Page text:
“Janis”, she said, “How would you like to go to college and get a degree? I will pay for your college tuition, living expenses, and help your parents with Lorie’s expenses.”
“I ask now, how expensive could a little girl be?” Ms. O’Keeffe was obviously a strong advocate for educating oneself.
But Ms. O’Keeffe made it clear, “I would ask you to return to Ghost Ranch and continue to work for me.”
Here it was, the Holy Grail, an opportunity of a lifetime, a chance to go to college and get educated. Life always presents the irony and the temptation to do otherwise. My mother went to a dance with Aunt Olivia and her husband. That night she met Nick who was back from college. Janis was stunning and petite. She had a beautiful figure and knew how to dress with elegance. You could say Nick looked like Brad Pitt and behaved like Anthony Quinn. Janis, on the other hand, was a combination of Ava Gardner and Catherine Zeta-Jones.
With those kinds of looks and continuing to date, they fell in love or was it lust? Out went the college degrees with the baby in the bath water. Nick only had one year left and he never forgot about that and would always talk about the importance of an education. But my mother and Nick knew better and ended up getting married. I remember looking at that picture on the day of their wedding; Janis looked beautiful. She wore a white chiffon dress with the top in gold sequins and a short veil with a tiara. I was hoping and I still do to find a picture of me in the center of them; making it a family of three. But there isn’t such a picture except for how I imagined it would be; me between them.
After a short-lived honeymoon, they started getting back to the reality of life. Problems surfaced and presented themselves immediately. In defense of Nick and Janis, they were too young and they soon would learn each other’s vices. I, watching them and making my own opinions of their constant clashes. One who had to drink, the other who hated it and had to complain to me and the one drinking. Nick shrugging it off, clearly not taking it seriously. But it was serious, serious enough to change and affect our lives continuously. Nick’s alcoholic problem worsened after getting married or at least it seemed that way. To his credit and our piece of a normal life, he was a functional alcoholic and a very good worker. Janis’s worth ethic matched his. They were raised in the same culture, on farms in two very distinct small towns only 35 miles apart. Neither one of them knew the other existed until they met on that fateful night, a dance, with the full moon casting the perfect lighting and butterflies churning in their stomachs. As beautiful as Janis was petite and slender with long dark brown hair to her waist. Nick I’m sure feeling the intensity within a man to be with her, my beautiful mother.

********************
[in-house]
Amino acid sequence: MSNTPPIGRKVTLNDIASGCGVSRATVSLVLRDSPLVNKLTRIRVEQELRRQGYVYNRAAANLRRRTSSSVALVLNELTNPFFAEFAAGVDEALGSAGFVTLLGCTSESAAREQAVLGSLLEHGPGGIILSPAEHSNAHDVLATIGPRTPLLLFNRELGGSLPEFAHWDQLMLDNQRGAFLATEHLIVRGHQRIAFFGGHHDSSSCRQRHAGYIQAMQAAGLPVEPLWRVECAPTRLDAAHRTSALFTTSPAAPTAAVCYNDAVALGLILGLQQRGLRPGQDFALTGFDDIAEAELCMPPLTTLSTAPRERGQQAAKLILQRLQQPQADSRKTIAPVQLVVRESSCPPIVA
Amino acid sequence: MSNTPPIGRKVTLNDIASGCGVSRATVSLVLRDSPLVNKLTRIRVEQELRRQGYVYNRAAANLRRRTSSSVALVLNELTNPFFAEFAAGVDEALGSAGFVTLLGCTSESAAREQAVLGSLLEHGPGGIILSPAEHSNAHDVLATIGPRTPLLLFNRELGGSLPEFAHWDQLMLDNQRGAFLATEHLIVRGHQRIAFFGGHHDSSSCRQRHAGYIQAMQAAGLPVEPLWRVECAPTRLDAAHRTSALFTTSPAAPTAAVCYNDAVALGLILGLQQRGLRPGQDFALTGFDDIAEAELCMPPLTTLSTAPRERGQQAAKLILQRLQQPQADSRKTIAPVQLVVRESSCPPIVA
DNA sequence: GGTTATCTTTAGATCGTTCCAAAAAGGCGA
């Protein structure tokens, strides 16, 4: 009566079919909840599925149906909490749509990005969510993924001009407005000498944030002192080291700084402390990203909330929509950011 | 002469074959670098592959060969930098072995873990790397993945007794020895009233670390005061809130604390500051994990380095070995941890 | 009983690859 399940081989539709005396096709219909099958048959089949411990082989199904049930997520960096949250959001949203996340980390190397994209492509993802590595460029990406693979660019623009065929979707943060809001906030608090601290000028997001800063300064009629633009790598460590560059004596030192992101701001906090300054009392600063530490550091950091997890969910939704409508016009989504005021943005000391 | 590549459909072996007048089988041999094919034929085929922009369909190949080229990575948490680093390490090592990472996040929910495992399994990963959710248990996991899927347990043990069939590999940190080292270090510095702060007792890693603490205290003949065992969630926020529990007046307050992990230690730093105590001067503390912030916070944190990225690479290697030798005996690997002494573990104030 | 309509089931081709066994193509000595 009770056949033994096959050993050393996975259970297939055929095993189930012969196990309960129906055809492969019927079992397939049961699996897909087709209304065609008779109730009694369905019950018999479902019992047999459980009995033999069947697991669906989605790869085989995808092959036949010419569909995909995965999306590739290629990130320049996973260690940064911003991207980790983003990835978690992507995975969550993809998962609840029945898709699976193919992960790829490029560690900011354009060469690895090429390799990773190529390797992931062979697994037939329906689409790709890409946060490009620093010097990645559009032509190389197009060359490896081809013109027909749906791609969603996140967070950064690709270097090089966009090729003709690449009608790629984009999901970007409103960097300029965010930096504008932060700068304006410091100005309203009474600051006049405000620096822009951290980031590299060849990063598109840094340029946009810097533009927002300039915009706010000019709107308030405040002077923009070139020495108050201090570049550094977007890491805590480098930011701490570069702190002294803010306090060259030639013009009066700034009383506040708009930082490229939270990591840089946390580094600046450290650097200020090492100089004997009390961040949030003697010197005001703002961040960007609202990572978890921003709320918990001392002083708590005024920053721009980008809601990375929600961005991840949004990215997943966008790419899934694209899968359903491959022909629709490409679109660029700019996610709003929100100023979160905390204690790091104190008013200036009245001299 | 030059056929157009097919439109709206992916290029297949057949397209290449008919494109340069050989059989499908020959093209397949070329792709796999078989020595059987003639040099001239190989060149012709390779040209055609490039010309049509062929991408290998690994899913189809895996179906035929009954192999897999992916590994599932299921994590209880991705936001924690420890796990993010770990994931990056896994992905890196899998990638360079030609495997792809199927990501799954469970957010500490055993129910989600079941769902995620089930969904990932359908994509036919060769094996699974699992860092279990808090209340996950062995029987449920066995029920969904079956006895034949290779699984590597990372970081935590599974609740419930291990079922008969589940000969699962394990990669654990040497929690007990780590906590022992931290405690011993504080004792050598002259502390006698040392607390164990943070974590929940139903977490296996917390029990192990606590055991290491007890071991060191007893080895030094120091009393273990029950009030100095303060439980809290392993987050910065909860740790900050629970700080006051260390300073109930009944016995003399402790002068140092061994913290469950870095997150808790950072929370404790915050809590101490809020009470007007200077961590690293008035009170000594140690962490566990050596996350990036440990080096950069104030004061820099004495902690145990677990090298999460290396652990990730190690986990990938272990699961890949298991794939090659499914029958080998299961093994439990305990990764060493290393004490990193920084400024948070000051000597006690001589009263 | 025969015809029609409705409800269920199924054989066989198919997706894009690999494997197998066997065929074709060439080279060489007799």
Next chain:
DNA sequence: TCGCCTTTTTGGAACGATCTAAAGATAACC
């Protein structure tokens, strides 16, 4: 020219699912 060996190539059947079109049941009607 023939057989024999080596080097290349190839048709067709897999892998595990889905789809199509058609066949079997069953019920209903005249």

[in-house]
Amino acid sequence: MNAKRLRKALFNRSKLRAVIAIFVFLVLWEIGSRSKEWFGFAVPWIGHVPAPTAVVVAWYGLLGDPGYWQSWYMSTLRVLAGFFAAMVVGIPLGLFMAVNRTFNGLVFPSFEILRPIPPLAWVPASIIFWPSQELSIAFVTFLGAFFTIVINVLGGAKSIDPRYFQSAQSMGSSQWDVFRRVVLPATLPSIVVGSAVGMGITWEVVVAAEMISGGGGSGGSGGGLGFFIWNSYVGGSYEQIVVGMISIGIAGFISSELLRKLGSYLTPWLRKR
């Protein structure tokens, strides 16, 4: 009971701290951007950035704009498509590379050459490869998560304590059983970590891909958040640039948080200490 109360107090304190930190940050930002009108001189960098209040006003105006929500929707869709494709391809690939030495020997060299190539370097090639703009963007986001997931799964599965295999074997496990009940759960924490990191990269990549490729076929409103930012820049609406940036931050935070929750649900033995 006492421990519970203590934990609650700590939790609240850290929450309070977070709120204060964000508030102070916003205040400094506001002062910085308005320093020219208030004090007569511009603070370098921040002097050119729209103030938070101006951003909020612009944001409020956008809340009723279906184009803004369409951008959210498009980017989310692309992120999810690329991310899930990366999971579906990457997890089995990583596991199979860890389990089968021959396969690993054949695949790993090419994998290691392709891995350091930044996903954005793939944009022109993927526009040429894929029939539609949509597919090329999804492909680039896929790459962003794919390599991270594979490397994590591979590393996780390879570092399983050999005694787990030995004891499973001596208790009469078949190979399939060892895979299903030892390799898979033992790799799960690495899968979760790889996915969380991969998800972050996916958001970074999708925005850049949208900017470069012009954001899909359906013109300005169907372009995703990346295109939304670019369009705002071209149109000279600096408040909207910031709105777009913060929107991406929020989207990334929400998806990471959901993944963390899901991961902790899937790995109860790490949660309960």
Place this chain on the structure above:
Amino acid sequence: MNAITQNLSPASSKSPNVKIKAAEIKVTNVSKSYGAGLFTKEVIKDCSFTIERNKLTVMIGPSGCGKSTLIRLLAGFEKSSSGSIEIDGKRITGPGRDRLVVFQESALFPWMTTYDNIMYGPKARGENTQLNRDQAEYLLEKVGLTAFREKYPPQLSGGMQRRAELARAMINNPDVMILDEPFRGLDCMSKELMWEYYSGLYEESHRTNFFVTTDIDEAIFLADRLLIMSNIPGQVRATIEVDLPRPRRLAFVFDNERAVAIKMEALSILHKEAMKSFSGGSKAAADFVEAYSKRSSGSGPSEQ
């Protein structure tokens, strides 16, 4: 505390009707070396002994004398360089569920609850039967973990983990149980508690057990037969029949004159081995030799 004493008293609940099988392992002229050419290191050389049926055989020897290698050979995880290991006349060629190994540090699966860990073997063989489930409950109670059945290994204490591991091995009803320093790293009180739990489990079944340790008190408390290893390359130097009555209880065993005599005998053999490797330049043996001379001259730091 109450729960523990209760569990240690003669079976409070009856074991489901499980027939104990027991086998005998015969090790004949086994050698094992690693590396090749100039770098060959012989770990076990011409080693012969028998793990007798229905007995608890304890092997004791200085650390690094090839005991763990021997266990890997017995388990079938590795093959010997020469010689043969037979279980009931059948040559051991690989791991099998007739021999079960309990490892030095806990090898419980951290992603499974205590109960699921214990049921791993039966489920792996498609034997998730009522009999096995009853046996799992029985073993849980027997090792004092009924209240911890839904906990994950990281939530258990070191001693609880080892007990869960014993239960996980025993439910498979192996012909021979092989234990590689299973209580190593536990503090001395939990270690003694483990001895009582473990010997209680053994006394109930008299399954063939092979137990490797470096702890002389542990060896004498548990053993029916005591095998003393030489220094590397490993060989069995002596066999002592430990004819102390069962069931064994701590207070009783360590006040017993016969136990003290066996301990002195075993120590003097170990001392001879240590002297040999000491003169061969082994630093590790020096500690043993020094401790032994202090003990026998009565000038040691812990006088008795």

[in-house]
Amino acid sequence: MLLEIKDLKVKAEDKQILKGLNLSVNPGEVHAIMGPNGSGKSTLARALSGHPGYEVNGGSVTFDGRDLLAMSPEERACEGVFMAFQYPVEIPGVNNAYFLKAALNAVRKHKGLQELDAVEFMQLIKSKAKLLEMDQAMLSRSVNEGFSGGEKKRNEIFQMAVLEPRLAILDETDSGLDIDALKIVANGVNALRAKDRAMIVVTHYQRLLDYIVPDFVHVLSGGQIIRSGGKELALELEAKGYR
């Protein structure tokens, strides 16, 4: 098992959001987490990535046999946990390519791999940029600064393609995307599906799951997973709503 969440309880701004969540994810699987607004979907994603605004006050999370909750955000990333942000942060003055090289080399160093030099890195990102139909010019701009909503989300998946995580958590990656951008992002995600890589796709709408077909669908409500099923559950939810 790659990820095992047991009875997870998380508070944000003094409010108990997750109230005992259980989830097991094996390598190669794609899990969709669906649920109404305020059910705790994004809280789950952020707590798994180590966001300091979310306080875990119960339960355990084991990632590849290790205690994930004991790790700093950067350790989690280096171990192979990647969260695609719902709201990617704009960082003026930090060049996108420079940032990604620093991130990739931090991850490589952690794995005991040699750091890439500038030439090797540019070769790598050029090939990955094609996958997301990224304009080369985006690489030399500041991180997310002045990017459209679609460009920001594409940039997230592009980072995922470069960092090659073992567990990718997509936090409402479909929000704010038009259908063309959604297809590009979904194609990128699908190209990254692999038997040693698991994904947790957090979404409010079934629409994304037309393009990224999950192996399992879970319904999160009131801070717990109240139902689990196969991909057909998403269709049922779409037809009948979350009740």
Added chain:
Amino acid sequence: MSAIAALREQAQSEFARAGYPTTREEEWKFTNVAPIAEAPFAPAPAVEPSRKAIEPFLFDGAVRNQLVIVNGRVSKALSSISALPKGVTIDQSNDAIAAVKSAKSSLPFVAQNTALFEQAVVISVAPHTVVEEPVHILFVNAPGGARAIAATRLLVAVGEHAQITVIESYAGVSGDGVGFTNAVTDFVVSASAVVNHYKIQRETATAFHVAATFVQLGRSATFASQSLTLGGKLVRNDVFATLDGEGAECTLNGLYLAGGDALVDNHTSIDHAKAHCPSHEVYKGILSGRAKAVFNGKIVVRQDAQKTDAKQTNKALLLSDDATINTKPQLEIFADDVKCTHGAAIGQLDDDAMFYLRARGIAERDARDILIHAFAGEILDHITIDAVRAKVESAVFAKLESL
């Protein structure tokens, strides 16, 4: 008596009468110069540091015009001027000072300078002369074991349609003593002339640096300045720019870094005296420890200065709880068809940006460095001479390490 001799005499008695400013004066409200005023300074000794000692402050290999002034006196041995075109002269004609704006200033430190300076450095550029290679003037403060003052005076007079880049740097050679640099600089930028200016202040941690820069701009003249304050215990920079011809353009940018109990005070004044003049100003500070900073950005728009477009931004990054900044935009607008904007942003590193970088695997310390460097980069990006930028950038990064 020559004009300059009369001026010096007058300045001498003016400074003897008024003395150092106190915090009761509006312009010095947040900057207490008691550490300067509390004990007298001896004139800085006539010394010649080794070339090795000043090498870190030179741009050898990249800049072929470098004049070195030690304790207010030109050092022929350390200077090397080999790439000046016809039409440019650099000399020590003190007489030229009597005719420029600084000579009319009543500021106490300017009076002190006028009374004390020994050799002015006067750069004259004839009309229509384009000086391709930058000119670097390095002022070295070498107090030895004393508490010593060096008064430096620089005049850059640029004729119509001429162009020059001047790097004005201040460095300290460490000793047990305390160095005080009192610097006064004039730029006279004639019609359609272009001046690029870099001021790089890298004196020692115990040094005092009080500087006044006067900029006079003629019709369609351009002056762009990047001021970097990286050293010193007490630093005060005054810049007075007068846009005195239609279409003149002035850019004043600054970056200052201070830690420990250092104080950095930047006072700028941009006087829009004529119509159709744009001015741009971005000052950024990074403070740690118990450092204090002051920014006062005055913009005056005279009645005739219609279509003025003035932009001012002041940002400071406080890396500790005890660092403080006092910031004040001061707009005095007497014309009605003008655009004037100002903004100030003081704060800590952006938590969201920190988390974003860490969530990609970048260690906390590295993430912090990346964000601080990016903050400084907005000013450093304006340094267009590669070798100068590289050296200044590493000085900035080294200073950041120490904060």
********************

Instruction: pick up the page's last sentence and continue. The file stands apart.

So their work ethic matched. But was this enough to keep their marriage afloat? It was and it wasn’t. Nick would drink more as the years went by. My mother would get angrier and become more bitter until all her energy was used to regret most of her life and the choices she had made. She had made the same mistake twice.
Of Bitter Empty
Not A Pretty Site
They Carry It
Their Purpose Within